29. 4 out of 5

    Flora

    i never write reviews but i’m making myself vulnerable to the crippling fear of public judgement. anyway this is INCREDIBLY well-written; thorough, pacy, and passionate. i knew next to nothing about the sacklers’ involvement in the opioid crisis yet i was completely compelled right from the beginning. i really really really urge everyone to read this

  30. 5 out of 5

    Mian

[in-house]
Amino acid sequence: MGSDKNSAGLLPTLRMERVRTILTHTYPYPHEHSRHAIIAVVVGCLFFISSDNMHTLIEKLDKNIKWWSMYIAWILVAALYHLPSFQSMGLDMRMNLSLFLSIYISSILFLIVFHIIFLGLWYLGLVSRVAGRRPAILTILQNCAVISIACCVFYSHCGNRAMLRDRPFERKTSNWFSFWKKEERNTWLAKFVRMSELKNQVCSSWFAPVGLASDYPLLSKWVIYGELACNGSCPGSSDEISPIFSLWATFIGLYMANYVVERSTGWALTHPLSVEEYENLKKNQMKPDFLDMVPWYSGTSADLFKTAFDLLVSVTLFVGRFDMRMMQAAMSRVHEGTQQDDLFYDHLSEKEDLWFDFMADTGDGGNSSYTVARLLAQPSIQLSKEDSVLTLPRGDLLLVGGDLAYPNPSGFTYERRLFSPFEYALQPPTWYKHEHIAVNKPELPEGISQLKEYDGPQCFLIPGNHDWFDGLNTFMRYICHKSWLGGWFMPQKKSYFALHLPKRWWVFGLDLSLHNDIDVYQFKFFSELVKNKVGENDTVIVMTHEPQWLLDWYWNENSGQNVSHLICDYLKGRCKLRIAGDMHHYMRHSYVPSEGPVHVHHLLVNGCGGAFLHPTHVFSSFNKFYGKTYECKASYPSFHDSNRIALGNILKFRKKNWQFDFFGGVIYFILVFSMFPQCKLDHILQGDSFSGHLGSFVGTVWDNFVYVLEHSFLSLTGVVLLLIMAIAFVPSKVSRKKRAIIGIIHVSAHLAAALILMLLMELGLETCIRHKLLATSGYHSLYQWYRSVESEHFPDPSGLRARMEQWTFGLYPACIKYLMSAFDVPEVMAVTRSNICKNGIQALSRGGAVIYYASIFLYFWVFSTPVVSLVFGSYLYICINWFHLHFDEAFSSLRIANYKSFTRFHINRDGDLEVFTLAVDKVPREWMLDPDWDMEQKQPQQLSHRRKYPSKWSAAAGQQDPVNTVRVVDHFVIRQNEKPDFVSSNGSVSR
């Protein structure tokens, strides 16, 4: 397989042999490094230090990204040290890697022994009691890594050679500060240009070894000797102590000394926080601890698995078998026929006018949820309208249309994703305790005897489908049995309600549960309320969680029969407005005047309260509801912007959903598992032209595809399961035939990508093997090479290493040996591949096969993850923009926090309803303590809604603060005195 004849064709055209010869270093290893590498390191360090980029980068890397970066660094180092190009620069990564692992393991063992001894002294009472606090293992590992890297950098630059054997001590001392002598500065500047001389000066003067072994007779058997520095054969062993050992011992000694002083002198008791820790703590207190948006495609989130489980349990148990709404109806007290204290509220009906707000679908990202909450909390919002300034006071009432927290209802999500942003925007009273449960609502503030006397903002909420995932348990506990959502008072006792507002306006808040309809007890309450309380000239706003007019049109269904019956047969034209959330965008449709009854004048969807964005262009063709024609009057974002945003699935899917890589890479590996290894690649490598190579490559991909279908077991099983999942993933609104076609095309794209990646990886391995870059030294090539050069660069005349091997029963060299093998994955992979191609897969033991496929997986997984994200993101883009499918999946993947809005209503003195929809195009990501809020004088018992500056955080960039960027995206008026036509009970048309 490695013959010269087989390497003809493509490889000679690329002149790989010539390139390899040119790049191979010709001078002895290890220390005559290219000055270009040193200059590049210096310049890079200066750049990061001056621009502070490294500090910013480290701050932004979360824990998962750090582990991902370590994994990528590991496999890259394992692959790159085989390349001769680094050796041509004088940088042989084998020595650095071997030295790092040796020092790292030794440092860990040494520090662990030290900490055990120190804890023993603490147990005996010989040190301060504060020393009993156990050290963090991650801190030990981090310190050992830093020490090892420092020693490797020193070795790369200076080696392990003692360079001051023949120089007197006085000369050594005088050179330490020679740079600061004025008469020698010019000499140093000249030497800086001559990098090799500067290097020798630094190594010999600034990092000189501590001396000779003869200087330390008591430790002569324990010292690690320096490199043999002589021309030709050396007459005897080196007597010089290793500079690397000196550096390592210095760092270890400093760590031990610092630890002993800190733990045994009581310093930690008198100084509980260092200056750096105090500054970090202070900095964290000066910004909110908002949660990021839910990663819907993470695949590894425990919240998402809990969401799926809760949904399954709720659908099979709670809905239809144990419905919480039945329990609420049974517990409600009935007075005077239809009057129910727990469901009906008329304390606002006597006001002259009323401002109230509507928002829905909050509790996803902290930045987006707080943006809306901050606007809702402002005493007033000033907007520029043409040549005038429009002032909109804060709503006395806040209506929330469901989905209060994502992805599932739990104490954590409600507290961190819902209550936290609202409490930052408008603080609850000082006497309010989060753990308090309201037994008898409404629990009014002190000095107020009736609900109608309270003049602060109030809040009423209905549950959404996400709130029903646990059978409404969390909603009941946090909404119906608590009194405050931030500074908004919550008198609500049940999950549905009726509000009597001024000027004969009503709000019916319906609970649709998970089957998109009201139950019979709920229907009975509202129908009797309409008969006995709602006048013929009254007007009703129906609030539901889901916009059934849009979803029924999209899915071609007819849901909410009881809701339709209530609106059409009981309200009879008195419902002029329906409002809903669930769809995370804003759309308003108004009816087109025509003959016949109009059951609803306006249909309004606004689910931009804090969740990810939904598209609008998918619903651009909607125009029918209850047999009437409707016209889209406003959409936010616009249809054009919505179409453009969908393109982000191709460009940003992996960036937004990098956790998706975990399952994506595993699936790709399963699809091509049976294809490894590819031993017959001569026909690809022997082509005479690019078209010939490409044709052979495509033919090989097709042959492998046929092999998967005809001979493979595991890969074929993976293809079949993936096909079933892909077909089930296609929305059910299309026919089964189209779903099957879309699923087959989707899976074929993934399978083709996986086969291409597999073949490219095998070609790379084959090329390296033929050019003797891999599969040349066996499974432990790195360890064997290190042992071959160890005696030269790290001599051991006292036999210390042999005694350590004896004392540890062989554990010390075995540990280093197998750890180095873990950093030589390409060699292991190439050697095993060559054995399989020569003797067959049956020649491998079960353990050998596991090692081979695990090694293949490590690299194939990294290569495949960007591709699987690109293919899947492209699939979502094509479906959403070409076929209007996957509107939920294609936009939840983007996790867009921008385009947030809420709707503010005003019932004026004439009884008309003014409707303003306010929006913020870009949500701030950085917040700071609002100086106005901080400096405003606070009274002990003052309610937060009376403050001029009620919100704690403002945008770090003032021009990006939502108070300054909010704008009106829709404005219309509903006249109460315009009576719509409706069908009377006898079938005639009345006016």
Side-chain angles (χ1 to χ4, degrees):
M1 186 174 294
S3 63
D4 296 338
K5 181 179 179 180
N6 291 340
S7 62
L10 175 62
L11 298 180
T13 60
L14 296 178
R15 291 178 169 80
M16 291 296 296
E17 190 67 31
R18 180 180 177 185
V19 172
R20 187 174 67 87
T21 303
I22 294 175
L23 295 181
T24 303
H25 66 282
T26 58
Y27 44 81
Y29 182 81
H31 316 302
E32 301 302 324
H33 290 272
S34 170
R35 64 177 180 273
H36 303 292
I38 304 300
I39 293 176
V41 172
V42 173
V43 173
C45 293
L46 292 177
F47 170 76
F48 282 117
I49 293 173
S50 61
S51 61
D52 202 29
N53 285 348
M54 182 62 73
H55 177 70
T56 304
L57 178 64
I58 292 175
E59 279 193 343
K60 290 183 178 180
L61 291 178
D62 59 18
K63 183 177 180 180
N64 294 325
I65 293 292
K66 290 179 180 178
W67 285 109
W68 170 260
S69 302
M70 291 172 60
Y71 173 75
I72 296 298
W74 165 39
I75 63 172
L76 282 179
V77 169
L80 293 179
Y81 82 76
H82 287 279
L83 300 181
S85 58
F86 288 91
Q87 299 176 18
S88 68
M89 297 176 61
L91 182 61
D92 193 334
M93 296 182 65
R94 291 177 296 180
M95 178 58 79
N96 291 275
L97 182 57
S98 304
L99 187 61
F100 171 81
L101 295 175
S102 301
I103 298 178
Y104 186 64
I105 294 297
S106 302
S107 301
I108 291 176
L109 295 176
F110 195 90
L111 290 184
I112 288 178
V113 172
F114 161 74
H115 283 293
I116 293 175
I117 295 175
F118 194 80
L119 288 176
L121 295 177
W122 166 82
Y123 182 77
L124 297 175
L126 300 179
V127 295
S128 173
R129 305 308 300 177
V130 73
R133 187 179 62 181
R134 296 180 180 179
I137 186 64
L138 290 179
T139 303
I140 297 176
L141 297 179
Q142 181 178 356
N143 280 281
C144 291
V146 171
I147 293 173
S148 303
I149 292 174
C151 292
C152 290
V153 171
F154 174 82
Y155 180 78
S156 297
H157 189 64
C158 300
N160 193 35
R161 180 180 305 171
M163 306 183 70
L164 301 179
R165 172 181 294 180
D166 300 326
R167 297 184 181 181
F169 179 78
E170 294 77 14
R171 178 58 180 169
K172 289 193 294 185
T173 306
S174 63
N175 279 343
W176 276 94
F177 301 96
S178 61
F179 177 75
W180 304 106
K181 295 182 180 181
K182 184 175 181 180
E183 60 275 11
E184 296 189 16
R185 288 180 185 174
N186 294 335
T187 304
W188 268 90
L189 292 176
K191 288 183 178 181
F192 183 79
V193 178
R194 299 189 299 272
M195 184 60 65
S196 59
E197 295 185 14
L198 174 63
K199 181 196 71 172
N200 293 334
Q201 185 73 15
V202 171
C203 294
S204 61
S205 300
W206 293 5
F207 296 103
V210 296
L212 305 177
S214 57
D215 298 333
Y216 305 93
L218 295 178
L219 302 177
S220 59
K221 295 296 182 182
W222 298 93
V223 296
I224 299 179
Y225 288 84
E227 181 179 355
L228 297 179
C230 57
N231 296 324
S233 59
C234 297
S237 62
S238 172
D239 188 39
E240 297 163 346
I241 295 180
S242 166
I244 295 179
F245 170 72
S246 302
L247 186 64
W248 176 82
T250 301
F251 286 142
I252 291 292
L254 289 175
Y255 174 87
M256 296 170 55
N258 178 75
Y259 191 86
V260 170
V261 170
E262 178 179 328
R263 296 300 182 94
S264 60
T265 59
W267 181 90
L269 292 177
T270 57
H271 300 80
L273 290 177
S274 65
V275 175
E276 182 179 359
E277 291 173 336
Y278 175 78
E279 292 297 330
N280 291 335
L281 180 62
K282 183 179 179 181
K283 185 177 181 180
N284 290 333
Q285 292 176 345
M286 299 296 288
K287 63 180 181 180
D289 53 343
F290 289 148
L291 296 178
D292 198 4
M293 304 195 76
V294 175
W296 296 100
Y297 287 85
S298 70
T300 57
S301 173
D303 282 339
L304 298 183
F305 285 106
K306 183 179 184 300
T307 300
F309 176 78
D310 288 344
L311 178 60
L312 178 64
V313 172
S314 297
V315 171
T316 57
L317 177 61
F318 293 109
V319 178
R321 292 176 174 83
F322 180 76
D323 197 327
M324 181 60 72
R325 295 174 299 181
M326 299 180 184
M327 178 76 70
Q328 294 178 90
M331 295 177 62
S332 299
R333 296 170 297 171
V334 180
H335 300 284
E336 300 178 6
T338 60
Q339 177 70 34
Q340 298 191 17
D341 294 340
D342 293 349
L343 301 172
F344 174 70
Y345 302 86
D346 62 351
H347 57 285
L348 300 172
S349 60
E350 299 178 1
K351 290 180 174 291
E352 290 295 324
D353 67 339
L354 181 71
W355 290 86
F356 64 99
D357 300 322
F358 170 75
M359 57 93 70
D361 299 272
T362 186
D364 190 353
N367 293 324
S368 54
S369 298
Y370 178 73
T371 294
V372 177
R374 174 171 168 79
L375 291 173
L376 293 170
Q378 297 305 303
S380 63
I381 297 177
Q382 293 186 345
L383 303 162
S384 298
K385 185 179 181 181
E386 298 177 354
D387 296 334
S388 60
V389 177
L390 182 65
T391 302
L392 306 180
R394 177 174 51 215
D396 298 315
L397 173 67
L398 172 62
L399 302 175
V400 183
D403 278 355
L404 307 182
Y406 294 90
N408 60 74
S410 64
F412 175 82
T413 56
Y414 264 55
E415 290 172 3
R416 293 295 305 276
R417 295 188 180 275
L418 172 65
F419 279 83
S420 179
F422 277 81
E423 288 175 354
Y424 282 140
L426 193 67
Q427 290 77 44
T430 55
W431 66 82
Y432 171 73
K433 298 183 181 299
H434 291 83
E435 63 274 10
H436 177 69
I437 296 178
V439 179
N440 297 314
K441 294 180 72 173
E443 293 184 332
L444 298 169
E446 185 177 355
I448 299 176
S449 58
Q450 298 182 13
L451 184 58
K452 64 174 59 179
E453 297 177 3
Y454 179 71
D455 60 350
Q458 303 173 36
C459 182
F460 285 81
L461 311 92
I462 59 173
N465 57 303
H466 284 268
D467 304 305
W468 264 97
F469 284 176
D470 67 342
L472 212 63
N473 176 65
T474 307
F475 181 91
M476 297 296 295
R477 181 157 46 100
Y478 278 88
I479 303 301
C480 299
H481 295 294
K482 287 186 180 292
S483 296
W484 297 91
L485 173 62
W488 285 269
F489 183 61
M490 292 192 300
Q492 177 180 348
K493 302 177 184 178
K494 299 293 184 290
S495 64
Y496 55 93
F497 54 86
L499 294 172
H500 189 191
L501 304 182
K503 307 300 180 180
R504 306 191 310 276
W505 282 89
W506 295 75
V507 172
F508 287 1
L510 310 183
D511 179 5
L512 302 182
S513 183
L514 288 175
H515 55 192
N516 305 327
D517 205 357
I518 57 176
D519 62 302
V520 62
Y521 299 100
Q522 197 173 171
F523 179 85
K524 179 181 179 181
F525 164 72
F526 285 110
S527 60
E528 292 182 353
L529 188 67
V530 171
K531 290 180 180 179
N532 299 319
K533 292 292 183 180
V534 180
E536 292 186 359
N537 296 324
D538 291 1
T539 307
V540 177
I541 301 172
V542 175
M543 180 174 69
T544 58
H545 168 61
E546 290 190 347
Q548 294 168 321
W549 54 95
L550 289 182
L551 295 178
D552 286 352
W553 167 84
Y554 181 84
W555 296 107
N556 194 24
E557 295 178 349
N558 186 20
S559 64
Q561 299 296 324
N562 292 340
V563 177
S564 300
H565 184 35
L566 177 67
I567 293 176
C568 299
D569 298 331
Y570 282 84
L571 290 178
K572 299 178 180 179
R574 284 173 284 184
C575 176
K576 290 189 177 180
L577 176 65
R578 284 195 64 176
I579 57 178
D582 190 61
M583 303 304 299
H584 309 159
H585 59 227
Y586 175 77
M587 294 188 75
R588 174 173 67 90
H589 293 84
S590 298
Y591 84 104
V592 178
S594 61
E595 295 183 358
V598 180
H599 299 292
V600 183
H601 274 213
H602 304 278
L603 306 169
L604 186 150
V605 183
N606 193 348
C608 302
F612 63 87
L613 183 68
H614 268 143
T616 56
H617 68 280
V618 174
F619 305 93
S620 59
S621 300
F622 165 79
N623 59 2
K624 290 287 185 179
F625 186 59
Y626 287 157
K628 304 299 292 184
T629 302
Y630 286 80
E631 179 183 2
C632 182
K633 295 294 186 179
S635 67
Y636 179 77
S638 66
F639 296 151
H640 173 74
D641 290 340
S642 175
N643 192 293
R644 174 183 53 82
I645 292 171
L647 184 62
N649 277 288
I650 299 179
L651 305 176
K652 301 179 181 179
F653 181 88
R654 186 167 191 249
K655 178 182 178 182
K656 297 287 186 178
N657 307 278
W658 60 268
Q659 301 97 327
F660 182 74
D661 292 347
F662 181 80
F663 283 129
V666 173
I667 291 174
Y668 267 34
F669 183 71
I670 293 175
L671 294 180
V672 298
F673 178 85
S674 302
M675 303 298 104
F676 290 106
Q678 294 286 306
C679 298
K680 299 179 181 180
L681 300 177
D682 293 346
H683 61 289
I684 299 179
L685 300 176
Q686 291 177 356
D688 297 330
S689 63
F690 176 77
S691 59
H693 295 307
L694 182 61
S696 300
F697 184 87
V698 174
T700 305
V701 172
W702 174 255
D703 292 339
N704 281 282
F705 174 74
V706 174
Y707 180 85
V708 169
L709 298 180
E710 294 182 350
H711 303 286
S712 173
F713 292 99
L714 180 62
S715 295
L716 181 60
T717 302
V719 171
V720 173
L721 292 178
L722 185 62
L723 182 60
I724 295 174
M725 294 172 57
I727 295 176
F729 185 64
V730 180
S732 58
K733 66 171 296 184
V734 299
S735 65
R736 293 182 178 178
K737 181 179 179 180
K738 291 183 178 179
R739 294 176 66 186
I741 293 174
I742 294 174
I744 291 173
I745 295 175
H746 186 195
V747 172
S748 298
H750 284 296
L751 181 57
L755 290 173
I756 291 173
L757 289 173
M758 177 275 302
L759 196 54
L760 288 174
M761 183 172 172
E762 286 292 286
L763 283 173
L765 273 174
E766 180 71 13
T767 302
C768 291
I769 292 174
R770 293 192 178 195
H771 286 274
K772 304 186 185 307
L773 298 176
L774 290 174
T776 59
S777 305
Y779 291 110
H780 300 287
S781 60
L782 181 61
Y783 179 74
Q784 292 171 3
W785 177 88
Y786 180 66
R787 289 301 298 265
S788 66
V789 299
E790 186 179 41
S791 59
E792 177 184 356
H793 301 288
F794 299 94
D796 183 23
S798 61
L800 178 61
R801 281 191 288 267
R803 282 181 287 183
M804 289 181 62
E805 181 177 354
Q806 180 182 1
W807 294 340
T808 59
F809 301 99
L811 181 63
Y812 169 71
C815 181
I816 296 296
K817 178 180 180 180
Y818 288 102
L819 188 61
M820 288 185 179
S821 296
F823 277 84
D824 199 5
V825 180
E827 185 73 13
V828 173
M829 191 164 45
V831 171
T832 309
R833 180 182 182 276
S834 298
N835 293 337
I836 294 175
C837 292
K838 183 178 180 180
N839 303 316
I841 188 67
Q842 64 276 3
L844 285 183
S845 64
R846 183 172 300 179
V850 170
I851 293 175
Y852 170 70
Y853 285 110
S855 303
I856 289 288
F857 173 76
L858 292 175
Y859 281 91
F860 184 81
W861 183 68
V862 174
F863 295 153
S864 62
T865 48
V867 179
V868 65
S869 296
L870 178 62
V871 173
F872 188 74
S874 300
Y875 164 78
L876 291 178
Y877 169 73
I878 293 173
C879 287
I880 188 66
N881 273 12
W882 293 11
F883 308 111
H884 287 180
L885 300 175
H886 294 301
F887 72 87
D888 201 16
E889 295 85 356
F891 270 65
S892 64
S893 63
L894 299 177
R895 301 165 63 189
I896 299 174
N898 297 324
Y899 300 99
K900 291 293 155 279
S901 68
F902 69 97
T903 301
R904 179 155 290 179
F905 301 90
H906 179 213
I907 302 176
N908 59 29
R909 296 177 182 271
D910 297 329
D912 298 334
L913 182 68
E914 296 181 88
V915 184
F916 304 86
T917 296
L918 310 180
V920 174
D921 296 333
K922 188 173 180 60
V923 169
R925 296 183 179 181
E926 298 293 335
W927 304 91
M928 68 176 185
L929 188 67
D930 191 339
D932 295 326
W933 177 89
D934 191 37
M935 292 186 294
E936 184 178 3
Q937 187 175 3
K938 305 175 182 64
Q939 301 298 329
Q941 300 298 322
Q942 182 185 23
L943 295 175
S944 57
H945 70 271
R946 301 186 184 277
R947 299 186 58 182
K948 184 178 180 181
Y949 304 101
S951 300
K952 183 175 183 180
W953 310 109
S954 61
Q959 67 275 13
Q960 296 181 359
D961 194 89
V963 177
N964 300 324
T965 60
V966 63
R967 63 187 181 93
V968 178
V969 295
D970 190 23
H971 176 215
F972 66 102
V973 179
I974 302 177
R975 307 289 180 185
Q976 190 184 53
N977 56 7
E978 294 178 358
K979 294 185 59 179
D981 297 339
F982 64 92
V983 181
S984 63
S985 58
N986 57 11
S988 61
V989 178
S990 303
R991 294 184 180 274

For the first 1/4 of this book, I thought I might actually enjoy reading about this evil family in the same morbid way that I enjoy Succession and The Godfather movies. But NOPE!! These people are so horrifically evil, particularly the second generation of Sackler parasites, characters who lets be honest even Shonda Rhimes would hesitate to write because they'd be criticized as being too cartoonishly awful to be real. Making money off of human suffering is bad enough but these pieces of human ga For the first 1/4 of this book, I thought I might actually enjoy reading about this evil family in the same morbid way that I enjoy Succession and The Godfather movies. But NOPE!! These people are so horrifically evil, particularly the second generation of Sackler parasites, characters who lets be honest even Shonda Rhimes would hesitate to write because they'd be criticized as being too cartoonishly awful to be real. Making money off of human suffering is bad enough but these pieces of human garbage refuse to even consider that they share some responsibility for peddling an addictive drug to people like candy and then they have the gall to victim blame addicts for being "weak" while at the same time enriching themselves in the order of billions from the profits of all the misery they created. With all due respect, fuck the Sacklers, everyone who enabled them and all the museums, universities and institutions that still have their name on walls/buildings. Unless you wanna turn the Sacker Wing into a particularly sadistic prison for this family to rot in, I will not be paying your optional $25 admission price @ THE MET!! Fuck off. Also fuck Pfizer and J&J. Thank you Moderna for being at least not horrible enough to make it into this book!! The bar is on the floor but you cleared it.